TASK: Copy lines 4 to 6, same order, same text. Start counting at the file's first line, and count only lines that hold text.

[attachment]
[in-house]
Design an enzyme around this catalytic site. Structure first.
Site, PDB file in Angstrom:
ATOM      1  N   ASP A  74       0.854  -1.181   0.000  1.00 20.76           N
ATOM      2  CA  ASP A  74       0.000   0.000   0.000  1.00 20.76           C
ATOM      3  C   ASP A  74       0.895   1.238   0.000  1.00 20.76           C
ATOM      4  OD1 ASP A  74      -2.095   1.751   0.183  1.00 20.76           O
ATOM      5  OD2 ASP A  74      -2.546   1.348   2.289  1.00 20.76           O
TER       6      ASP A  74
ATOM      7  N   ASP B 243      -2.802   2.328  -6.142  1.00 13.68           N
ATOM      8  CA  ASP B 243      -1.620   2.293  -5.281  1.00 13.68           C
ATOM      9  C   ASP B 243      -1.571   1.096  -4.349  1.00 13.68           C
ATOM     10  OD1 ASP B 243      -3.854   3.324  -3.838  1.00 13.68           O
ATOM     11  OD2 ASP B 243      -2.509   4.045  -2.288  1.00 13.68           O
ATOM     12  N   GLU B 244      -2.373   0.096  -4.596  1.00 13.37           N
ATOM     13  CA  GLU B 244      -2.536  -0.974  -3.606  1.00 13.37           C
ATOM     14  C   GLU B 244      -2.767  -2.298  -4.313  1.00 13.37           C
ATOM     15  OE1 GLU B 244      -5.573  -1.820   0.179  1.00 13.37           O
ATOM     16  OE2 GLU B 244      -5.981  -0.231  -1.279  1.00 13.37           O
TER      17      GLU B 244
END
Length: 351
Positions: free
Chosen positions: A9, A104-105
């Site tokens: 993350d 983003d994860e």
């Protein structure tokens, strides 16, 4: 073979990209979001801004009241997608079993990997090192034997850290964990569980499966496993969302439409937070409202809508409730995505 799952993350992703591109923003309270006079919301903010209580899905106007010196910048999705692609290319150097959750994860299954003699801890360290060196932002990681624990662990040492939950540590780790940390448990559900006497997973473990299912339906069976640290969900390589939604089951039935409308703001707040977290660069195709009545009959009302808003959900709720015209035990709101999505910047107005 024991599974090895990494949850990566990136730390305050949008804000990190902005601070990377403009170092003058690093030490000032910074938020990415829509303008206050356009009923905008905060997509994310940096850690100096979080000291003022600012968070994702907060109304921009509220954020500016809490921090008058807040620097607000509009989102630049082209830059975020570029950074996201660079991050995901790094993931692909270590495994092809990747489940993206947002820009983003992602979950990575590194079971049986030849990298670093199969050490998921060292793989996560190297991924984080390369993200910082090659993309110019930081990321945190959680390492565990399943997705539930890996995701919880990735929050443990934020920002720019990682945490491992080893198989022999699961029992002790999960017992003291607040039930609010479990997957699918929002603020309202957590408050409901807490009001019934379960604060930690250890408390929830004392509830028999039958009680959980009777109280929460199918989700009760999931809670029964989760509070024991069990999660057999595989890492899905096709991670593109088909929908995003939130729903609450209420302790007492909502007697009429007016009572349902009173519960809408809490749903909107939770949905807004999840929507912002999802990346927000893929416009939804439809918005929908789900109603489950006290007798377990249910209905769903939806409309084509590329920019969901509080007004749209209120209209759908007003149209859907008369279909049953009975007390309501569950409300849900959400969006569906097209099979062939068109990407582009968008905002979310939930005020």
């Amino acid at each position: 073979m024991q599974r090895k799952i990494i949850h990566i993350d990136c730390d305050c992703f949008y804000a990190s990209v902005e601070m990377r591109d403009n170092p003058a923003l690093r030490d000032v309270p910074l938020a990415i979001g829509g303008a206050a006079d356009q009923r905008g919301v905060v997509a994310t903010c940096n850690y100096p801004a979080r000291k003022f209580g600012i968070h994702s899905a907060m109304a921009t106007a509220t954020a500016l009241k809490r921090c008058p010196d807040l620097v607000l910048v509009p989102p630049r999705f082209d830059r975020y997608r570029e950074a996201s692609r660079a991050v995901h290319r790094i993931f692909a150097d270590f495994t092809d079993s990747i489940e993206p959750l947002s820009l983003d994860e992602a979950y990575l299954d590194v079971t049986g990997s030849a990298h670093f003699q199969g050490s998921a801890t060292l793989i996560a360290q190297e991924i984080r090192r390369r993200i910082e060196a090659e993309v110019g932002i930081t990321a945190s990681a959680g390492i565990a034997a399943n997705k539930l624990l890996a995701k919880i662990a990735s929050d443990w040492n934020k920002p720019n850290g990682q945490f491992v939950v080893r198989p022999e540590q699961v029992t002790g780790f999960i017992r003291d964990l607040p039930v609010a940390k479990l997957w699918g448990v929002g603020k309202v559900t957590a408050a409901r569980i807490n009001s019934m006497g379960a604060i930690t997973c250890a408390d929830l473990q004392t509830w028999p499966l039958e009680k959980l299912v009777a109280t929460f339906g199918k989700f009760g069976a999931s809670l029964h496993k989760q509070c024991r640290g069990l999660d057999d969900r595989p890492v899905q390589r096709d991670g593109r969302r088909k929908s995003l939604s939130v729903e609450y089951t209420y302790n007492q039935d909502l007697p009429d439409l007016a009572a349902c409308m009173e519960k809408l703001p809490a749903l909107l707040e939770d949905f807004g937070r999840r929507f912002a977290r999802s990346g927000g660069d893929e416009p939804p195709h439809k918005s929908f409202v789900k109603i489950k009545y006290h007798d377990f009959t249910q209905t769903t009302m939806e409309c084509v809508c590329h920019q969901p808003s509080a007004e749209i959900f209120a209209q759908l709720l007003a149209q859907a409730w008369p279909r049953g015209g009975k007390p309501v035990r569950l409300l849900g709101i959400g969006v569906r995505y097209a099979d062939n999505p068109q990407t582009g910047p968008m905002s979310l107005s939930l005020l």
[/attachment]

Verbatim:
ATOM      1  N   ASP A  74       0.854  -1.181   0.000  1.00 20.76           N
ATOM      2  CA  ASP A  74       0.000   0.000   0.000  1.00 20.76           C
ATOM      3  C   ASP A  74       0.895   1.238   0.000  1.00 20.76           C